[Haskell-cafe] (no subject)

staafmeister g.c.stavenga at uu.nl
Fri Aug 21 19:23:25 EDT 2009

Don Stewart-2 wrote:
> G.C.Stavenga:
>> Hi, I'm just started to learn Haskell. Coming from a programming contest
>> background (where it is important to be able to solve problems in a small
>> amount of code) I'm wondering what the best way is for simple IO.
>> A typical input file (in a programming contest) is just a bunch of
>> numbers
>> which you want to read one by one (sometimes interspersed with strings).
>> In
>> C/C++ this is easily done with either scanf or cin which reads data
>> separated by spaces. In Haskell I have not found an equally
>> satisfactionary
>> method. The methods I know of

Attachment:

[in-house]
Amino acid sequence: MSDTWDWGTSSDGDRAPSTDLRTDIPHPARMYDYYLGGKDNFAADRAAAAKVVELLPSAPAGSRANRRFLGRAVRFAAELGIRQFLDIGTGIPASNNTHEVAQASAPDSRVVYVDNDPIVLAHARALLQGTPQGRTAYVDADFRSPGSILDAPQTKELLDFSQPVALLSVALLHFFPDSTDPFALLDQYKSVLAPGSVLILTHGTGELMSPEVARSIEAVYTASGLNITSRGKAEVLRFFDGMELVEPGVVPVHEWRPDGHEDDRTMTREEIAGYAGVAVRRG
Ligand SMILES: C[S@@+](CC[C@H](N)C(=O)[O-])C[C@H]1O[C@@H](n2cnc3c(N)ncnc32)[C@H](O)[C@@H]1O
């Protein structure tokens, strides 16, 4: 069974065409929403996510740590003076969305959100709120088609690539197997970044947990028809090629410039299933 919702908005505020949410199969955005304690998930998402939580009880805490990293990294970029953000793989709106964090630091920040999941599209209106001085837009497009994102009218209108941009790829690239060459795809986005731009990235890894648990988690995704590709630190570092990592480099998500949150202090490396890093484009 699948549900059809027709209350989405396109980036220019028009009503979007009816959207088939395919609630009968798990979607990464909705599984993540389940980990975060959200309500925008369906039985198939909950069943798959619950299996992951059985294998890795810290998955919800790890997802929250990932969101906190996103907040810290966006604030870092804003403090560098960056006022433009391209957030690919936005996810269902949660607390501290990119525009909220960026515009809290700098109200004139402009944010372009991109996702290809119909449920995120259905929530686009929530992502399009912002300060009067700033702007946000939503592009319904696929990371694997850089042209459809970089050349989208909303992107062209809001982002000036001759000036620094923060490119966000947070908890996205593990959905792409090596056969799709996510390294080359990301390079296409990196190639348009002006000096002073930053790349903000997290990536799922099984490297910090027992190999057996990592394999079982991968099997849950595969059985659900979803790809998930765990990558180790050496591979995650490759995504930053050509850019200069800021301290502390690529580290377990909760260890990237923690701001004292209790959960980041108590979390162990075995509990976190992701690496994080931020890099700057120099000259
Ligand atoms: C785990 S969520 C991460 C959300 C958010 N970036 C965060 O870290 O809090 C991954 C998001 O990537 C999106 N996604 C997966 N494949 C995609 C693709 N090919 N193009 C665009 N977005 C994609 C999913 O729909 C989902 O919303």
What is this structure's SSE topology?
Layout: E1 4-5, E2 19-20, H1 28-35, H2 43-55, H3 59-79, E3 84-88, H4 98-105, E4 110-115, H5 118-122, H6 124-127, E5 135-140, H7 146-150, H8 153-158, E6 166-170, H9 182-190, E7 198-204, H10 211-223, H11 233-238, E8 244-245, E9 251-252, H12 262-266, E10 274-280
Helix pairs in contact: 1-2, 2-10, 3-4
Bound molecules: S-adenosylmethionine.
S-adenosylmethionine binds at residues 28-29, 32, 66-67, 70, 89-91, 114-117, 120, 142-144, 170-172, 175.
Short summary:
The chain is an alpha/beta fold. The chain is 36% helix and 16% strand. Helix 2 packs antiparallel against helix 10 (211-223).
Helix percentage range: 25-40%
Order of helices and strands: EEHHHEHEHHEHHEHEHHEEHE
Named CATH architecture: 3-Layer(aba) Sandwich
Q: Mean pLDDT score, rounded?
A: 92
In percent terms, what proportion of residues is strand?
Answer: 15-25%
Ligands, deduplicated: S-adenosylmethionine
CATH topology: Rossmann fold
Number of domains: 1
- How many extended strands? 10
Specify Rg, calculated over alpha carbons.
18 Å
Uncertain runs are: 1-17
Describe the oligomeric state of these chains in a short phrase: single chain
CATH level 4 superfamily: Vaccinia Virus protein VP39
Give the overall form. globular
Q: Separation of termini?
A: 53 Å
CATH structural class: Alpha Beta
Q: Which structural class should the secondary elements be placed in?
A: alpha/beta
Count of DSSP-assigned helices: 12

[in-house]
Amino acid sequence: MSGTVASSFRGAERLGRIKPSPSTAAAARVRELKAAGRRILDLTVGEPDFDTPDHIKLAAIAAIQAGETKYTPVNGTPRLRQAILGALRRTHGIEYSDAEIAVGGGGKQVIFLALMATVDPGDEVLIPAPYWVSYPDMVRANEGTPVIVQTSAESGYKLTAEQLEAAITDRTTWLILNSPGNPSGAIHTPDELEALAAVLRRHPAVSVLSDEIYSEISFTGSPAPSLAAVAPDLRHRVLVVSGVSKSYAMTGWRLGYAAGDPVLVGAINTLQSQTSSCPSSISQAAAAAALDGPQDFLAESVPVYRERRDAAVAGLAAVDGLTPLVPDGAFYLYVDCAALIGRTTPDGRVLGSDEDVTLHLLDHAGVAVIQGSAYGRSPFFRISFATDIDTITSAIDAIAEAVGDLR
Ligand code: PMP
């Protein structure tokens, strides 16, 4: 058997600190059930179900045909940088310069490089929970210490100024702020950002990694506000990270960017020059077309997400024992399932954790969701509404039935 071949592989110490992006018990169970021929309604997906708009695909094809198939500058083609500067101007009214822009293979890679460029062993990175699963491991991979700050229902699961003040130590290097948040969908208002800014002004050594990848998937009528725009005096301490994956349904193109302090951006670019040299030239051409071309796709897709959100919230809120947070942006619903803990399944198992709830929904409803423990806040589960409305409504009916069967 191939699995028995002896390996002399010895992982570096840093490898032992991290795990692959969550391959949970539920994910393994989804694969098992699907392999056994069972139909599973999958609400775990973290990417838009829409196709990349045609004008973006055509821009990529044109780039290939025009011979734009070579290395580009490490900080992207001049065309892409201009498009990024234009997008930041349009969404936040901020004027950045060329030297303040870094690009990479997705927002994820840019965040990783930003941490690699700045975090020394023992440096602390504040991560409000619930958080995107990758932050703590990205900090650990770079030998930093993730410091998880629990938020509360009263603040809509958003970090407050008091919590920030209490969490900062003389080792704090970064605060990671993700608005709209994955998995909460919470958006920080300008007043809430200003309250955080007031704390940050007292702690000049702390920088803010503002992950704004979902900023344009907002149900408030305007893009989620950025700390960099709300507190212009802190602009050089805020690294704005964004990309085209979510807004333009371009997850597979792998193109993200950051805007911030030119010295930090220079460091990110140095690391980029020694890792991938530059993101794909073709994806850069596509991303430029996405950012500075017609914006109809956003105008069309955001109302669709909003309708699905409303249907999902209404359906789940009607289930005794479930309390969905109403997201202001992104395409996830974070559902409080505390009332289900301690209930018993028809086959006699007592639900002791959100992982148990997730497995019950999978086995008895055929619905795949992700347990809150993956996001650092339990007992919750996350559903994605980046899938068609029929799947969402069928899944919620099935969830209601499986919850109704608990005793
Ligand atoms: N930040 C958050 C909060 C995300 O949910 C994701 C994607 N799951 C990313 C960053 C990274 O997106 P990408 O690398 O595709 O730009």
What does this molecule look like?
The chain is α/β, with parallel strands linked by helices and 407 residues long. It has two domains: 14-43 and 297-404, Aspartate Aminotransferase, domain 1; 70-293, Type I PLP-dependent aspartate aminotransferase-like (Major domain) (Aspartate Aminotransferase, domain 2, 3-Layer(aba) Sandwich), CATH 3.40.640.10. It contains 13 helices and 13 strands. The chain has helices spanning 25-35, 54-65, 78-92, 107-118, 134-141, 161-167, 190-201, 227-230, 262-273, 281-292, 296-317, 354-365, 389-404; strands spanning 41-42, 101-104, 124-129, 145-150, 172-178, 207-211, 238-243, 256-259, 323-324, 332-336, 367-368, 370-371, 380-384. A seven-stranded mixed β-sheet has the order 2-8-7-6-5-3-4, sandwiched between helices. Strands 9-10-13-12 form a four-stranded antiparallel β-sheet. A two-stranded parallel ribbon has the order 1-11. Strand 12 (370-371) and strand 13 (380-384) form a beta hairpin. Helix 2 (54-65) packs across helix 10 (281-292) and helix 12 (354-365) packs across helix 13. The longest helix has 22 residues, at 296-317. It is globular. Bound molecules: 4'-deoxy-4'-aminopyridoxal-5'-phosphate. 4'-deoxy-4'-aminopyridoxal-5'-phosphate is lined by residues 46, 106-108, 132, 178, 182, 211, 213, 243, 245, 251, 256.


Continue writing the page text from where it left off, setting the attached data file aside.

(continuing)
>> 1) Stay in the IO monad and write your own readInt readString functions.
>> A lot
>> of code for something easy.
>> 2) Use interact together with words and put the list of lexemes in a
>> State
>> monad and define getInt where at least you can use read.
>> 3) Use ByteString.Char8 which has readInt (but I couldn't find a
>> readString). But one has to put it also in a State monad.
>> I think that there must be standard function that can do this. What do
>> experienced Haskellers use?
>     map read . lines
> Thank you for the reply. But this only works for if you read only integers
> all on different lines.
> But in general you have a structure like
> first line -- integer specifying the number of testcases (n)
> Then for each testcase 
> a line with an integer specifying the number of edges (e)
> a line with e pairs of string s and int p where p is the number asociated
> with string s, etc.
> Such a structure cannot be parsed by map read.lines
> What I used is "words" to tokenize and put the list in a State monad with
> readInt, readString, etc. functions, to mimic
> C code. This seems to be a lot of overkill, so there must be an simpler
> way
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